Bookselling is a people industry: Wi9 Seattle for Jenna Todd

I’m finding it difficult to put in to words all that I soaked in during the American Bookseller’s Winter Institute in Seattle, Washington; but I will try my best!

We arrived on the Sunday afternoon that the Seahawks were playing a game to get into the Superbowl finals. Which meant that the city was eerily dead, the notorious traffic was a breeze and there was a hilarious amalgamation of easily distinguished football fans and booksellers at our hotel, the Westin Seattle. Our New Zealand contingent (pictured below: Jared Raines, Mary Sangster, Jenna Todd and Lincoln Gould) came slightly earlier to recover from the long flight and also attend a dinner with the 50 other international Wi9 attendees. But over the next few days, the football fans were out, and 500 booksellers, publishers and authors filled two central hotels to the brim.
The ABA organised many of these visiting booksellers to go on a full day Seattle bookstore tour; something I had really been looking forward to.While exhausting, I did find it extremely enlightening. We visited a large variety of stores – some were huge, most were medium-sized. We saw a children’s bookstore, a university bookstore and a travel bookstore (just like Notting Hill.) We ferried to a store on an island – the common factor of all of these stores was that they sold socks. I did not see a store as small as Time Out – but I was extremely happy to feel our store was just as fantastic as the stores we were visiting.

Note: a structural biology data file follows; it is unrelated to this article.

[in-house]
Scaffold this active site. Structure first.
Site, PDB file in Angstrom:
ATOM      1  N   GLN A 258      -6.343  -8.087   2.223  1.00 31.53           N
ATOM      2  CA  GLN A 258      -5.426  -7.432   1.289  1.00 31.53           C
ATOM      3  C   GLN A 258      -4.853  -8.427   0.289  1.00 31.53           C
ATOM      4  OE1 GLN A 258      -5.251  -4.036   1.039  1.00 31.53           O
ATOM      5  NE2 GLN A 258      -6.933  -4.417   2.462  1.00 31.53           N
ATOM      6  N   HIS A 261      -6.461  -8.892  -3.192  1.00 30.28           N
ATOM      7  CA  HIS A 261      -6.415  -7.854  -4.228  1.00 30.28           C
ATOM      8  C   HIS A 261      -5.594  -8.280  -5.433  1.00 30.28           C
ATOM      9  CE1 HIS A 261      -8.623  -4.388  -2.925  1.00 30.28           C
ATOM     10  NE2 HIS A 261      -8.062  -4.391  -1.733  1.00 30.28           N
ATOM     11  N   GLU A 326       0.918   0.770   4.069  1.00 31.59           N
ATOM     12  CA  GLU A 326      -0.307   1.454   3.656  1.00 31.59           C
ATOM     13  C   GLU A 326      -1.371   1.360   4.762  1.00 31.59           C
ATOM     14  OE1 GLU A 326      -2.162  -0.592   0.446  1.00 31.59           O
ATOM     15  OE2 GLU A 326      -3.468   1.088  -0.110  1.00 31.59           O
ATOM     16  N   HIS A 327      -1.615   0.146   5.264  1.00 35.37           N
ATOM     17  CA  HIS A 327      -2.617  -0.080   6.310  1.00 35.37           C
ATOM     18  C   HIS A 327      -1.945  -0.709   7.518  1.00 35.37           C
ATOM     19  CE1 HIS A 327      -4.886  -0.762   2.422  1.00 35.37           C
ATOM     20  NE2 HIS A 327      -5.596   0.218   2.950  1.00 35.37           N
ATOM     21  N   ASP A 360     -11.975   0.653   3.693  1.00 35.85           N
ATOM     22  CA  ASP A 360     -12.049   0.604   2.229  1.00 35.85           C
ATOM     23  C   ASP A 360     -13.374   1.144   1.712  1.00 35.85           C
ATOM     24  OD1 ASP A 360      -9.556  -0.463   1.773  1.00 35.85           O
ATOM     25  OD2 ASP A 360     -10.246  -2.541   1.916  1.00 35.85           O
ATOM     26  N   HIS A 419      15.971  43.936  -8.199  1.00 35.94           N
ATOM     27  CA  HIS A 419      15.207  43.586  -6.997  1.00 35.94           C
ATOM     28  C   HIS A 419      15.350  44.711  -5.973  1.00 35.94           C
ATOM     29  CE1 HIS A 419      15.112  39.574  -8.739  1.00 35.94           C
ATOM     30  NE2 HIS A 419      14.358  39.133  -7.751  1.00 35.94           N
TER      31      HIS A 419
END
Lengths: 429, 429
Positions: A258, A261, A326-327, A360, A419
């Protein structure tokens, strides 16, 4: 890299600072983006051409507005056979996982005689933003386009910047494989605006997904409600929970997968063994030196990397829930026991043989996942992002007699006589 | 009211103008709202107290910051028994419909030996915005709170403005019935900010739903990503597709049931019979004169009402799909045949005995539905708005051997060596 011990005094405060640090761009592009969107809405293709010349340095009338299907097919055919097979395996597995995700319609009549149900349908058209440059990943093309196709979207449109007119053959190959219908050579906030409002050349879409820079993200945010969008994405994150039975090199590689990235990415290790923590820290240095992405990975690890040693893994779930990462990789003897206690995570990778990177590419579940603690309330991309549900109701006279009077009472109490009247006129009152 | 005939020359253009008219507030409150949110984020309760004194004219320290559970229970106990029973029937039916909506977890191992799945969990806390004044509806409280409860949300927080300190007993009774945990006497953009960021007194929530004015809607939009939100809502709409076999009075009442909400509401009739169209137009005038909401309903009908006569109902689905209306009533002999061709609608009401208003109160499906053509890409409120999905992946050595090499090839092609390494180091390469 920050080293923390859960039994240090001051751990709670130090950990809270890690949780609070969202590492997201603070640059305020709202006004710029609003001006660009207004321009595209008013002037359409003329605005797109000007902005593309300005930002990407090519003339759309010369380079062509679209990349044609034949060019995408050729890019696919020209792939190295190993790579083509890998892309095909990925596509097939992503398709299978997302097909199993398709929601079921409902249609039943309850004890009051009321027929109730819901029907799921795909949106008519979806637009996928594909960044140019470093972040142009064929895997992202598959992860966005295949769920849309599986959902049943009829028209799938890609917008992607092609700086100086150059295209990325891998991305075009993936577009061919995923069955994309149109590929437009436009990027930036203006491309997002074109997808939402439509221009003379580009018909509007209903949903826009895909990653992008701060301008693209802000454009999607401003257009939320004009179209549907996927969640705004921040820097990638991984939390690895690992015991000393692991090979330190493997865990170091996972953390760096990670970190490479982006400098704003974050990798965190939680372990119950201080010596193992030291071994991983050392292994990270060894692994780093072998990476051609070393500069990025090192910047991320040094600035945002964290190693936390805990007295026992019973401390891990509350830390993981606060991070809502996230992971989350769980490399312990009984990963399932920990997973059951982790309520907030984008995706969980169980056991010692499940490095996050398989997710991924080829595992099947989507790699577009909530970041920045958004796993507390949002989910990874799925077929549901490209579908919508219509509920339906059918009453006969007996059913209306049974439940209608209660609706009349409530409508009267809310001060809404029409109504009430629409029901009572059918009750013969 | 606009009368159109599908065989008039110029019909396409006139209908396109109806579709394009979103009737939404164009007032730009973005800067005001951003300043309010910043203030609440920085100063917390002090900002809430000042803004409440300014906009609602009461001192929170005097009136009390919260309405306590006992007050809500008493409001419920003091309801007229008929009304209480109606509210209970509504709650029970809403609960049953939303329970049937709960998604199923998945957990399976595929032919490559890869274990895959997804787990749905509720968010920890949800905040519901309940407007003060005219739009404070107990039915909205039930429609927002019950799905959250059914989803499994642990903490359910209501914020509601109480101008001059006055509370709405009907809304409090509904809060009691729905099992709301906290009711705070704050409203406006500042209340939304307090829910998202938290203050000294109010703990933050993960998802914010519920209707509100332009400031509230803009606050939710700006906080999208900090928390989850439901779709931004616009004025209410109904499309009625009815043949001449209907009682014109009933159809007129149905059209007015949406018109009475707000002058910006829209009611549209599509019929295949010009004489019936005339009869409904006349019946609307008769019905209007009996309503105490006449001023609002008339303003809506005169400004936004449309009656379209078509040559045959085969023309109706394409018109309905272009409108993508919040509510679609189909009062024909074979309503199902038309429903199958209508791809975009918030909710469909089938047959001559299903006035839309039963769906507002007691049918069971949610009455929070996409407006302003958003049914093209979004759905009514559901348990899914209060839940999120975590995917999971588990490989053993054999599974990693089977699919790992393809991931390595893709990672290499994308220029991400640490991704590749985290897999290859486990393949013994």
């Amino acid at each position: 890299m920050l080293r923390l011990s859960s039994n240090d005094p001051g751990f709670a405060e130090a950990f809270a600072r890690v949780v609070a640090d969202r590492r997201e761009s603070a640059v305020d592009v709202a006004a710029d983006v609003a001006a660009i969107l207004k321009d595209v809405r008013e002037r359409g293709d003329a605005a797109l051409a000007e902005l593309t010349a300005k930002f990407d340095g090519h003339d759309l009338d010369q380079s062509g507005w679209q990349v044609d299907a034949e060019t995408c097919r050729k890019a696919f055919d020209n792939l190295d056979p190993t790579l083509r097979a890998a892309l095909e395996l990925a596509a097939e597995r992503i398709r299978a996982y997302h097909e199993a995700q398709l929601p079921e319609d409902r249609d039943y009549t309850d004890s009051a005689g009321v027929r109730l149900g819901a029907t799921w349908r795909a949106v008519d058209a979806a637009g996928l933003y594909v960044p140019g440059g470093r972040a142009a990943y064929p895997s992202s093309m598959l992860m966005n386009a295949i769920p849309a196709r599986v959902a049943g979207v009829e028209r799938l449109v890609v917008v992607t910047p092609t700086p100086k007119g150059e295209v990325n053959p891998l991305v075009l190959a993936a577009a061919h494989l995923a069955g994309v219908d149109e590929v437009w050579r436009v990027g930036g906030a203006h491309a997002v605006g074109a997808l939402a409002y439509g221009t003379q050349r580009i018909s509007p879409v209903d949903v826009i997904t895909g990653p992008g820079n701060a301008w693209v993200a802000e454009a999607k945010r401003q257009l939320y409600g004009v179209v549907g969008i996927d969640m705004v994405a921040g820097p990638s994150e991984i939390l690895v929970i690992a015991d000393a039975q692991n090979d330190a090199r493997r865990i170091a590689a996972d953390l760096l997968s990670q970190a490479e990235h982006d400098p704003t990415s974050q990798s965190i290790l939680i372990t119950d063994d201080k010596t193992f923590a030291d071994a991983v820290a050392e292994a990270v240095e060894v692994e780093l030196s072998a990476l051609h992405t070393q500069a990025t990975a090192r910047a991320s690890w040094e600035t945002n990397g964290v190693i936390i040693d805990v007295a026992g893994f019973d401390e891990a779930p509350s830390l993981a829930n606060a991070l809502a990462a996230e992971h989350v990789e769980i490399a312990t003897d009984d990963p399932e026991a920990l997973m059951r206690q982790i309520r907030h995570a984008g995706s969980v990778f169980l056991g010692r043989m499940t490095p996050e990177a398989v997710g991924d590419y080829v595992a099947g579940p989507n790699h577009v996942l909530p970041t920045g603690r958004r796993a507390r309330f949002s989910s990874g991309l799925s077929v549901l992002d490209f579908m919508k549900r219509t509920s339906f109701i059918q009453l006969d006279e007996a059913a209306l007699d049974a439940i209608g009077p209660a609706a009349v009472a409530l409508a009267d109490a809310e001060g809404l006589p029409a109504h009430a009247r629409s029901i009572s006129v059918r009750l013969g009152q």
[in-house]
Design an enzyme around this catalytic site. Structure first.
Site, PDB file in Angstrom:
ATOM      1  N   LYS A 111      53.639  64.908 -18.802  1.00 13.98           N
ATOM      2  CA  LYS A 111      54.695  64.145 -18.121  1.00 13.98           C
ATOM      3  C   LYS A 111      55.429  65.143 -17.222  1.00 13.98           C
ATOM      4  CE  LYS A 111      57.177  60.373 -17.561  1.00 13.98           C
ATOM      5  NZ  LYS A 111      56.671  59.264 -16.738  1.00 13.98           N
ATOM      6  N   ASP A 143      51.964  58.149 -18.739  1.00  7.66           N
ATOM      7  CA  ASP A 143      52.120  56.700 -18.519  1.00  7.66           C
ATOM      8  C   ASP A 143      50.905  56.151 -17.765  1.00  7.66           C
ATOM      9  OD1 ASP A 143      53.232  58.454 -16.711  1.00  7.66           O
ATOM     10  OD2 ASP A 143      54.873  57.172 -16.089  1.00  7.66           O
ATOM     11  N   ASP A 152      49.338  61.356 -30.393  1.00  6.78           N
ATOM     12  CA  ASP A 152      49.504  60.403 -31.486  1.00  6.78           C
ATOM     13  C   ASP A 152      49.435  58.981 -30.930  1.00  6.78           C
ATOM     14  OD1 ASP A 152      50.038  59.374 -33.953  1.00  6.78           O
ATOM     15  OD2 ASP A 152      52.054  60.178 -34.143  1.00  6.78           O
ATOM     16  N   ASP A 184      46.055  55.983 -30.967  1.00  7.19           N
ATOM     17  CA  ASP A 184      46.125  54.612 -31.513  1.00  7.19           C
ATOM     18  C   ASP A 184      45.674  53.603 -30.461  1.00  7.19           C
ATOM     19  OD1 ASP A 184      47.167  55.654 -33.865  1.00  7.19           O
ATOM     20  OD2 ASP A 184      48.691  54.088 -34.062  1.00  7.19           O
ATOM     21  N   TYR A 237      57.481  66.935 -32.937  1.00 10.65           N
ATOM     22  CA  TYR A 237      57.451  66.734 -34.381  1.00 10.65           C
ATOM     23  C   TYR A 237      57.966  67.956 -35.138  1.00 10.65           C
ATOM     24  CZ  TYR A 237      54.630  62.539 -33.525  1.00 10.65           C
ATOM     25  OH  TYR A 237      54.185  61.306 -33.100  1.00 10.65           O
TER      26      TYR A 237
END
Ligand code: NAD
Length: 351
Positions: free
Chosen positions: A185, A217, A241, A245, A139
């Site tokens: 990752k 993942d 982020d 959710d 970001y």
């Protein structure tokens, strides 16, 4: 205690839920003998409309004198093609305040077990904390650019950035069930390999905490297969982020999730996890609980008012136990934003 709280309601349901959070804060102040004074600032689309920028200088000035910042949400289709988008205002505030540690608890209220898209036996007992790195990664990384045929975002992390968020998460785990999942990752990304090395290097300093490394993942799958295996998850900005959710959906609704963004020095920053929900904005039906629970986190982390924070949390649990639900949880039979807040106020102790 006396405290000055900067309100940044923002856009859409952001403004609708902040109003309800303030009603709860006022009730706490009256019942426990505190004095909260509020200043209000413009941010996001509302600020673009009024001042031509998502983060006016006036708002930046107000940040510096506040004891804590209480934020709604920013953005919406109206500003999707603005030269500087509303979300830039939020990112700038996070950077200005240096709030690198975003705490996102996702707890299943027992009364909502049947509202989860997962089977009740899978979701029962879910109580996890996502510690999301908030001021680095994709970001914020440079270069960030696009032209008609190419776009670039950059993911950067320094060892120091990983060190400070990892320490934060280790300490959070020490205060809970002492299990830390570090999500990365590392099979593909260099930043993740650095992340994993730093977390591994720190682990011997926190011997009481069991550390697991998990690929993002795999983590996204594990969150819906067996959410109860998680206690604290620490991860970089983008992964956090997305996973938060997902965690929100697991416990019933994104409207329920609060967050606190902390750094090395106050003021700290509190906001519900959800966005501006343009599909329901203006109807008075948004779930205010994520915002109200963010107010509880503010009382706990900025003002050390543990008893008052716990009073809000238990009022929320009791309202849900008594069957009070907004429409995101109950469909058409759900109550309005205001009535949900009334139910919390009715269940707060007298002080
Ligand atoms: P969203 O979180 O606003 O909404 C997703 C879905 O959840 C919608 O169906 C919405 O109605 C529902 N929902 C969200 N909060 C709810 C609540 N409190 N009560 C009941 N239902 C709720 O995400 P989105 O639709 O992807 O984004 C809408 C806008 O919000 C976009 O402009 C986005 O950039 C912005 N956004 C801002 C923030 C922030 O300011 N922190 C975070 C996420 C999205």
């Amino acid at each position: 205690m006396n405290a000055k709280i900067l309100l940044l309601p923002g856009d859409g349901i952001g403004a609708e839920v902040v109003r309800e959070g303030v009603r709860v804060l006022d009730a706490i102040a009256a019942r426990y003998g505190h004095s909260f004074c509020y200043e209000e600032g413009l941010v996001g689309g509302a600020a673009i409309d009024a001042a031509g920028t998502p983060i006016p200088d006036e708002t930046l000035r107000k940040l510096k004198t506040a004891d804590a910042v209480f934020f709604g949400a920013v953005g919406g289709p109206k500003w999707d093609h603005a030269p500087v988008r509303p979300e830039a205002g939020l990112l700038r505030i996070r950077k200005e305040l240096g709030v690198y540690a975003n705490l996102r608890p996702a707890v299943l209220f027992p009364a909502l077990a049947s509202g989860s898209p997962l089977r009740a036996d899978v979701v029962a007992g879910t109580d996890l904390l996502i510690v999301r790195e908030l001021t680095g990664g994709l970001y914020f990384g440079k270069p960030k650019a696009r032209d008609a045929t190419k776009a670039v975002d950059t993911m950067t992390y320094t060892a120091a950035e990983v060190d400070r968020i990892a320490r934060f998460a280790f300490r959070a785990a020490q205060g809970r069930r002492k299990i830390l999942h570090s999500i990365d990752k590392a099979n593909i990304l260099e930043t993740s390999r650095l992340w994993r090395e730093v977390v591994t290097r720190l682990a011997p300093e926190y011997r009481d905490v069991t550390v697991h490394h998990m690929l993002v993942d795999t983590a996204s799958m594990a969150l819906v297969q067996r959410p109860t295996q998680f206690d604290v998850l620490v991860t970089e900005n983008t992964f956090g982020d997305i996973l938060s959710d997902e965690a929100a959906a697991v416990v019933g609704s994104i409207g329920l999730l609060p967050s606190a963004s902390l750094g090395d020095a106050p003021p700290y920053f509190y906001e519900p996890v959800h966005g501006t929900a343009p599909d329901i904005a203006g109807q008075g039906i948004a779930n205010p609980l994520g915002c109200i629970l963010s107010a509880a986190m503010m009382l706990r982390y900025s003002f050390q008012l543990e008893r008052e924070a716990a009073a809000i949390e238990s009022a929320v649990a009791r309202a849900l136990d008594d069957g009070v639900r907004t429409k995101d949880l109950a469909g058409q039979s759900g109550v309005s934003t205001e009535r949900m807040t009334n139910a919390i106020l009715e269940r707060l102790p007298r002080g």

Seattle is the home of Amazon and 15,000 of their employees. Despite this, the Indie bookstores I visited seem to be on the up in terms of both sales and community engagement – thanks largely to a nationwide change in consumer behaviour, dubbed the Localism movement. There is good reading about the Localism Movement here. You can also find good reading about the independent bookstore movement worldwide here on the Indiebound NZ website.


The Wi9 officially started on a Tuesday night, at a reception at the large and beautiful Elliott Bay Book Company on grungy Capitol Hill (above). We drunk tap wine, ate sliders and celebrated being booksellers! The atmosphere was terrific and this continued throughout the week.

The conference blew through very quickly. Author Sherman Alexie spoke of his love of Indie Bookstores and author Dan Heath spoke of being decisive. There were daily workshops for international booksellers. Indie Booksellers from all over America told us what to read this year. We listened to Scholastic authors speak while eating ice-cream sundaes. There was a room of advanced reading copies that we could just take, box up and send at a FedEx desk set up in a corner. We could also meet authors of these reading copies and get them signed! (see Jenna below with author Ruth Ozeki)